His health was exceptional. He swam a mile a day. But a little over a month ago, Oliver Sacks, a popular author and well-known neurologist, learned that he had multiple metastases in his liver. And while he still continues to take his daily mile swim, Dr. Sacks’ condition cannot be treated and is learning to live with the fact that his “luck has ran out.” These were his own words in an emotional op-ed piece he wrote for The New York Times. His words are just a glimpse into his brilliant mind which has famously touched many. Here are some of his pleasantly stimulating quotes:

On living in the moment…

I feel a sudden clear focus and perspective. There is no time for anything inessential. I must focus on myself, my work and my friends. I shall no longer look at “NewsHour” every night. I shall no longer pay any attention to politics or arguments about global warming.

It is up to me now to choose how to live out the months that remain to me. I have to live in the richest, deepest, most productive way I can.

On being ourselves…

“To be ourselves we must have ourselves – possess, if need be re-possess, our life-stories. We must “recollect” ourselves, recollect the inner drama, the narrative, of ourselves. A man needs such a narrative, a continuous inner narrative, to maintain his identity, his self.”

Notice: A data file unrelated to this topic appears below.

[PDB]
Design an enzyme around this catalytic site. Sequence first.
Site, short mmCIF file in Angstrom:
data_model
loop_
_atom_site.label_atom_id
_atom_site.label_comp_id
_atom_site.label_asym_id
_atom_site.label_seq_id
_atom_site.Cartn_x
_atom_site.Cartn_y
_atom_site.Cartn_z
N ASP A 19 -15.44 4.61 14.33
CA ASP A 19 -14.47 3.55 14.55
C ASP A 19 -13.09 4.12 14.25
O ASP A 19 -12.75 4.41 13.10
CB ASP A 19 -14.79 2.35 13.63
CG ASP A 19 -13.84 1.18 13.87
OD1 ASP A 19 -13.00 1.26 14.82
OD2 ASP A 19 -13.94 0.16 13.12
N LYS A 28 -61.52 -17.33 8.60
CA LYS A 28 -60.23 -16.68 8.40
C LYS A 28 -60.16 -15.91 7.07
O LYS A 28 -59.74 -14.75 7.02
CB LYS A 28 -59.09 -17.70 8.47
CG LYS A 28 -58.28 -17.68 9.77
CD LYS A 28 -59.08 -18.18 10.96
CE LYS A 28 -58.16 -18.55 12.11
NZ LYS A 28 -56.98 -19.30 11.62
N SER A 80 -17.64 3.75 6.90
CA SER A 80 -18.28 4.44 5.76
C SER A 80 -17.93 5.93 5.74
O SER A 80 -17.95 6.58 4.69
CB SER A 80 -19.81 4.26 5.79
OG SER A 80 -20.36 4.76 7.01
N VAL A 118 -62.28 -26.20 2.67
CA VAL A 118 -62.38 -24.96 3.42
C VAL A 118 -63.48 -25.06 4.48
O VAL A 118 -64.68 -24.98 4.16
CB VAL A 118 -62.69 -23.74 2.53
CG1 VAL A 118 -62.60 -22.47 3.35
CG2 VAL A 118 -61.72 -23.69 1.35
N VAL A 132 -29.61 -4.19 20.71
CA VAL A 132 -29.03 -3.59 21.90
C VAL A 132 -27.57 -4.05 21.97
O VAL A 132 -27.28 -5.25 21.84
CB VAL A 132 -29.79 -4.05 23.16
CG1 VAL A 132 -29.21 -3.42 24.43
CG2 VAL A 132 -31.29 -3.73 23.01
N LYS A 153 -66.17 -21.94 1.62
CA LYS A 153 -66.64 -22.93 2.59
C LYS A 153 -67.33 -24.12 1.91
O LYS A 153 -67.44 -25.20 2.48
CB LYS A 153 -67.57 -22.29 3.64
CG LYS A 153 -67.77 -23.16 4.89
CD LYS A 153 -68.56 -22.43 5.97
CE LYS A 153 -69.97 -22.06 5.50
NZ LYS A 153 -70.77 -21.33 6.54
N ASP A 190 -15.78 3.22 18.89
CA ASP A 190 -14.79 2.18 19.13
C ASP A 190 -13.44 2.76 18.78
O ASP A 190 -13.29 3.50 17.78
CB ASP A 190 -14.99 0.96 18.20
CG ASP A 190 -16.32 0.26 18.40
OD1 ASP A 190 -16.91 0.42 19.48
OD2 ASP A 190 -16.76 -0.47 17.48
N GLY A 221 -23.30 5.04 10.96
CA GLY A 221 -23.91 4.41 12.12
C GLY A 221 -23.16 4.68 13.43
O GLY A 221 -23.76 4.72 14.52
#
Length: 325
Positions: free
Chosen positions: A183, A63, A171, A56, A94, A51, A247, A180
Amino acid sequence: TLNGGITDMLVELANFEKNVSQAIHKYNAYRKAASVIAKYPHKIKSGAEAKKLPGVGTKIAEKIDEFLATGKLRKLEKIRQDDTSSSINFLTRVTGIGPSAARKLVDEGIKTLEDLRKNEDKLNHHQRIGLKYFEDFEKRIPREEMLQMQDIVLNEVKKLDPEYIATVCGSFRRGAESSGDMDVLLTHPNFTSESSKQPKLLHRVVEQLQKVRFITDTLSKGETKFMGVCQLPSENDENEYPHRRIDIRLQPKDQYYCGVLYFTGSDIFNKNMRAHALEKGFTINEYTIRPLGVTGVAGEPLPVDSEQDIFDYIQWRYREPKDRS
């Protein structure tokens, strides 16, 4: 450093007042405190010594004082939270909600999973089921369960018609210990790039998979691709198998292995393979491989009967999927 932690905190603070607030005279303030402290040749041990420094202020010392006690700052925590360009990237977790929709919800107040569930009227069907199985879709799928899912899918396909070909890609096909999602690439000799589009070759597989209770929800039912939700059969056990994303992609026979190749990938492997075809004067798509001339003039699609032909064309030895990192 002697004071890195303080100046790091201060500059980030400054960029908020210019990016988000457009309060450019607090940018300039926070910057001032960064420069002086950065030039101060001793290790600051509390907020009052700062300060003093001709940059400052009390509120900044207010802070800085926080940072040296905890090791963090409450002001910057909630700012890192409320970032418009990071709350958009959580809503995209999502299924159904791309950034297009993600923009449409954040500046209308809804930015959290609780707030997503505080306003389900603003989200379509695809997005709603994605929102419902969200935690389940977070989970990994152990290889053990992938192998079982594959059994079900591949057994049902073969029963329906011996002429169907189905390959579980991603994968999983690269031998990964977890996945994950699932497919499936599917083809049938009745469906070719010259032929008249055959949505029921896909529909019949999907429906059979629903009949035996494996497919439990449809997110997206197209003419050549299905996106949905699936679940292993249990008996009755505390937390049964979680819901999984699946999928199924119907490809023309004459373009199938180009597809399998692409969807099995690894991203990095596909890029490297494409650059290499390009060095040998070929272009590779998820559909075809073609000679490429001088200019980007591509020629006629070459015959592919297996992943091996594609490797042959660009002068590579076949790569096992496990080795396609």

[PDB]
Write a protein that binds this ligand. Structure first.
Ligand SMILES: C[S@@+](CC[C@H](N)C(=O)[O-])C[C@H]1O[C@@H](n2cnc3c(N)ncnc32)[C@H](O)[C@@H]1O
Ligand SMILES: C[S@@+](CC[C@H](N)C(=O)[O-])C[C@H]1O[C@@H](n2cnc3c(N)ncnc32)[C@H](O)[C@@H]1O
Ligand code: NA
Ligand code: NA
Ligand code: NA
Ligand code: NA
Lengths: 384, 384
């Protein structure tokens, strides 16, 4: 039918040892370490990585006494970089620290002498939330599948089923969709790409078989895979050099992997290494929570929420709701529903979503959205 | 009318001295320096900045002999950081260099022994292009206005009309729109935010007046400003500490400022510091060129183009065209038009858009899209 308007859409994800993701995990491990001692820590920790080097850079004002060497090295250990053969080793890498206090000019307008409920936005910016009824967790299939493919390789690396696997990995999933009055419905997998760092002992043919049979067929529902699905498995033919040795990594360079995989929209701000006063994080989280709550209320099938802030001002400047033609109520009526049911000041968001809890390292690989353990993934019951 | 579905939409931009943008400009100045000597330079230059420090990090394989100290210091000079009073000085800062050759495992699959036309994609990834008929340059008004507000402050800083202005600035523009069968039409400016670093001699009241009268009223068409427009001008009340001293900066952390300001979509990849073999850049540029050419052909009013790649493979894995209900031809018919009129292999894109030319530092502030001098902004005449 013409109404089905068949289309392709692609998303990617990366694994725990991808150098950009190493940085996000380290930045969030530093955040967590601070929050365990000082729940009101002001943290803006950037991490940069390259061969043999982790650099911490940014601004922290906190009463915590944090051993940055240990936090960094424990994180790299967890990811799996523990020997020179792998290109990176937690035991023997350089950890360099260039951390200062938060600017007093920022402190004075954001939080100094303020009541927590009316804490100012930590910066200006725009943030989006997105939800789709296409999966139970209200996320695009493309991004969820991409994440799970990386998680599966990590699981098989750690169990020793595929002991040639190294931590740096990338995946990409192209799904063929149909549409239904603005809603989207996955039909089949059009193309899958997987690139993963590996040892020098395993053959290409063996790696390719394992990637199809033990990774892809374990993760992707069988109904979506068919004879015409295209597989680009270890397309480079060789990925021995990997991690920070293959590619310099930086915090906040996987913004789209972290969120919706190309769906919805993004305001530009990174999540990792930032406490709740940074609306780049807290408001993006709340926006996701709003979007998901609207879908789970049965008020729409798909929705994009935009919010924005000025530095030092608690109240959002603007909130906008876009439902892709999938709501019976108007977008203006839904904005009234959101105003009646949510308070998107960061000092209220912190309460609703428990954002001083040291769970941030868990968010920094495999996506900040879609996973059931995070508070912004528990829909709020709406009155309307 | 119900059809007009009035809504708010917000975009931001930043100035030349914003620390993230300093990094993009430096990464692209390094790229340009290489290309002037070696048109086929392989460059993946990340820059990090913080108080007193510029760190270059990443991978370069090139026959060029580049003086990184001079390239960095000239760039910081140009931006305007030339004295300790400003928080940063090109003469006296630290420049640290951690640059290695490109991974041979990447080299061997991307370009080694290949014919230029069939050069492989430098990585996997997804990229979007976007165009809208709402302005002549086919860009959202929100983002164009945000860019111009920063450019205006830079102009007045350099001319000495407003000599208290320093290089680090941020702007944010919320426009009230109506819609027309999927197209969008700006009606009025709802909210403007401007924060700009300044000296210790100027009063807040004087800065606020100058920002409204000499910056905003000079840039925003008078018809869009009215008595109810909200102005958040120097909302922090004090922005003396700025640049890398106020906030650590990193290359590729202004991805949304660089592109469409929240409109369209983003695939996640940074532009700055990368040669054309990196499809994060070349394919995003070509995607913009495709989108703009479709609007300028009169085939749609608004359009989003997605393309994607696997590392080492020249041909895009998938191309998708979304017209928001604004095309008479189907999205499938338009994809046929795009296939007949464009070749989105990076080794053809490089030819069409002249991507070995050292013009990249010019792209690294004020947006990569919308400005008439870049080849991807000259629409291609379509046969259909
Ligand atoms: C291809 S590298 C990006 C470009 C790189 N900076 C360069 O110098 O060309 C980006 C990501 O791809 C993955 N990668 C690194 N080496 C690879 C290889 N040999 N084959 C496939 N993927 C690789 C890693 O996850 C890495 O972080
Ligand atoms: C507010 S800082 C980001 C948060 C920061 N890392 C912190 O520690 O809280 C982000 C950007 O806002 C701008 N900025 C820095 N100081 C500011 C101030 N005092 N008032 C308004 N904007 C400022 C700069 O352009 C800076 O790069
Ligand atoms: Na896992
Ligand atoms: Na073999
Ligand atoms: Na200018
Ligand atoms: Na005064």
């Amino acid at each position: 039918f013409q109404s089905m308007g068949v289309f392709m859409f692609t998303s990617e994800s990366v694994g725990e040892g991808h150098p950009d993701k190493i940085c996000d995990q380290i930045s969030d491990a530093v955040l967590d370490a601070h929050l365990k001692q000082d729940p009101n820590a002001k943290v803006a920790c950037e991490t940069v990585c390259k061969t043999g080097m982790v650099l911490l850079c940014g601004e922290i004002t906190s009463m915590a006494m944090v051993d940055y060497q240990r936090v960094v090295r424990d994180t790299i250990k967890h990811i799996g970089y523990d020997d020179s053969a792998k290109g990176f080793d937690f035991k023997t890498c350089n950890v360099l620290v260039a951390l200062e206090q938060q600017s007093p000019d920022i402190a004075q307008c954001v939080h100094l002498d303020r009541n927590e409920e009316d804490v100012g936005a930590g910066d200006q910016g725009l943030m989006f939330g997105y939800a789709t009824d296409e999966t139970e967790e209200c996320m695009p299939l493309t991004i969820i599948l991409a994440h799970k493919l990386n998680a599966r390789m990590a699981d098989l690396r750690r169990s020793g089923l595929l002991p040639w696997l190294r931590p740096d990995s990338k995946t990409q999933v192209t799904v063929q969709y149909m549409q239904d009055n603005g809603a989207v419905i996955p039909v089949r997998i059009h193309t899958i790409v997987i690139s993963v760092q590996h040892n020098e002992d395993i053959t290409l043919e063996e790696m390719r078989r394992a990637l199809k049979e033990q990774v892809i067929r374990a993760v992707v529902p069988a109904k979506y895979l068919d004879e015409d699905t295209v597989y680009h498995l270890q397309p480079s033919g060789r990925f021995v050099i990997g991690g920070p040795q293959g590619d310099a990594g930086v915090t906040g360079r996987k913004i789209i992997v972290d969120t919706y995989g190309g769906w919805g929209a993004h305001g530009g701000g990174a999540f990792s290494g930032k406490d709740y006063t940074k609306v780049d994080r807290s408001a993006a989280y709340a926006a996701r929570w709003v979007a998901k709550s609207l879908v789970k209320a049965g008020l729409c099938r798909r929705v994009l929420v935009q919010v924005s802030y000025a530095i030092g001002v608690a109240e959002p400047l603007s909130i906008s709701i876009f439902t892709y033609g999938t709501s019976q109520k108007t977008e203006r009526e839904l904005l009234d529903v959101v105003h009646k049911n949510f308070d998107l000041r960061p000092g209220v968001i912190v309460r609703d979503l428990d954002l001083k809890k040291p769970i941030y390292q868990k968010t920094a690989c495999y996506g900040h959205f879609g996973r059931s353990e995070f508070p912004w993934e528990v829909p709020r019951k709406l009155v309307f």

On practicing medicine…

“In examining disease, we gain wisdom about anatomy and physiology and biology. In examining the person with disease, we gain wisdom about life.”

On consciousness…

“To live on a day-to-day basis is insufficient for human beings; we need to transcend, transport, escape; we need meaning, understanding, and explanation; we need to see over-all patterns in our lives. We need hope, the sense of a future. And we need freedom (or, at least, the illusion of freedom) to get beyond ourselves, whether with telescopes and microscopes and our ever-burgeoning technology, or in states of mind that allow us to travel to other worlds, to rise above our immediate surroundings. We may seek, too, a relaxing of inhibitions that makes it easier to bond with each other, or transports that make our consciousness of time and mortality easier to bear. We seek a holiday from our inner and outer restrictions, a more intense sense of the here and now, the beauty and value of the world we live in.”

On aging…

“At 11, I could say ‘I am sodium’ (Element 11), and now at 79, I am gold.”